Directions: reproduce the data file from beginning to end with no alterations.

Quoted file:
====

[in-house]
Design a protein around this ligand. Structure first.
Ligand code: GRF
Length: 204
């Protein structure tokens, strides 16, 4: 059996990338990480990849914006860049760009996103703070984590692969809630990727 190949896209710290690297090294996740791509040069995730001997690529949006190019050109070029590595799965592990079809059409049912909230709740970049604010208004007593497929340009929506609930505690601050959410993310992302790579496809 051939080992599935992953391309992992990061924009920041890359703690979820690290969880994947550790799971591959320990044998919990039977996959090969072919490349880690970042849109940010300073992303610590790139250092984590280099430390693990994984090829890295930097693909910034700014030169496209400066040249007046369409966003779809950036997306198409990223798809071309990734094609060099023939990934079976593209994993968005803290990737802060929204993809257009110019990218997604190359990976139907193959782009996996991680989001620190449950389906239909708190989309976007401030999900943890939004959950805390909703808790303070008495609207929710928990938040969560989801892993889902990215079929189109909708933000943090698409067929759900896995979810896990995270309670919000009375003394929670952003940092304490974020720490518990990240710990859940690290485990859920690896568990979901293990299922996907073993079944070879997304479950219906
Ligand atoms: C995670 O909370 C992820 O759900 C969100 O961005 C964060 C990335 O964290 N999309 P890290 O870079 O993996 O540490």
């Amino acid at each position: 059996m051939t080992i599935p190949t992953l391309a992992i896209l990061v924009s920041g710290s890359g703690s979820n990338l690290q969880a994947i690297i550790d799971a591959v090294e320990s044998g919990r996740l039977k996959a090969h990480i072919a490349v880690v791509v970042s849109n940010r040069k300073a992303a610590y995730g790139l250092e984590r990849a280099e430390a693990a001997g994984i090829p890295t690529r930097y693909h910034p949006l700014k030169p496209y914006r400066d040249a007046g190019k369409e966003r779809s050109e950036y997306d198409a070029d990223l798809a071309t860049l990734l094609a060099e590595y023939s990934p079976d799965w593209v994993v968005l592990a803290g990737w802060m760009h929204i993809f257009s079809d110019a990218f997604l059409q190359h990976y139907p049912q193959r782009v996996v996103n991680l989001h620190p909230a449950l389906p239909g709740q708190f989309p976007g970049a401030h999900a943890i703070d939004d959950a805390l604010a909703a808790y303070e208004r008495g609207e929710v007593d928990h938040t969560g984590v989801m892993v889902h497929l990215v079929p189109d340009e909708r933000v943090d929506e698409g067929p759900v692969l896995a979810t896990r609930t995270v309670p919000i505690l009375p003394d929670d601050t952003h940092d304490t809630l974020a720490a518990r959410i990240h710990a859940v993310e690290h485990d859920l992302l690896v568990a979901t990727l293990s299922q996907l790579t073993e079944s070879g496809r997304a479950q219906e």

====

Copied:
[in-house]
Design a protein around this ligand. Structure first.
Ligand code: GRF
Length: 204
């Protein structure tokens, strides 16, 4: 059996990338990480990849914006860049760009996103703070984590692969809630990727 190949896209710290690297090294996740791509040069995730001997690529949006190019050109070029590595799965592990079809059409049912909230709740970049604010208004007593497929340009929506609930505690601050959410993310992302790579496809 051939080992599935992953391309992992990061924009920041890359703690979820690290969880994947550790799971591959320990044998919990039977996959090969072919490349880690970042849109940010300073992303610590790139250092984590280099430390693990994984090829890295930097693909910034700014030169496209400066040249007046369409966003779809950036997306198409990223798809071309990734094609060099023939990934079976593209994993968005803290990737802060929204993809257009110019990218997604190359990976139907193959782009996996991680989001620190449950389906239909708190989309976007401030999900943890939004959950805390909703808790303070008495609207929710928990938040969560989801892993889902990215079929189109909708933000943090698409067929759900896995979810896990995270309670919000009375003394929670952003940092304490974020720490518990990240710990859940690290485990859920690896568990979901293990299922996907073993079944070879997304479950219906
Ligand atoms: C995670 O909370 C992820 O759900 C969100 O961005 C964060 C990335 O964290 N999309 P890290 O870079 O993996 O540490």
């Amino acid at each position: 059996m051939t080992i599935p190949t992953l391309a992992i896209l990061v924009s920041g710290s890359g703690s979820n990338l690290q969880a994947i690297i550790d799971a591959v090294e320990s044998g919990r996740l039977k996959a090969h990480i072919a490349v880690v791509v970042s849109n940010r040069k300073a992303a610590y995730g790139l250092e984590r990849a280099e430390a693990a001997g994984i090829p890295t690529r930097y693909h910034p949006l700014k030169p496209y914006r400066d040249a007046g190019k369409e966003r779809s050109e950036y997306d198409a070029d990223l798809a071309t860049l990734l094609a060099e590595y023939s990934p079976d799965w593209v994993v968005l592990a803290g990737w802060m760009h929204i993809f257009s079809d110019a990218f997604l059409q190359h990976y139907p049912q193959r782009v996996v996103n991680l989001h620190p909230a449950l389906p239909g709740q708190f989309p976007g970049a401030h999900a943890i703070d939004d959950a805390l604010a909703a808790y303070e208004r008495g609207e929710v007593d928990h938040t969560g984590v989801m892993v889902h497929l990215v079929p189109d340009e909708r933000v943090d929506e698409g067929p759900v692969l896995a979810t896990r609930t995270v309670p919000i505690l009375p003394d929670d601050t952003h940092d304490t809630l974020a720490a518990r959410i990240h710990a859940v993310e690290h485990d859920l992302l690896v568990a979901t990727l293990s299922q996907l790579t073993e079944s070879g496809r997304a479950q219906e």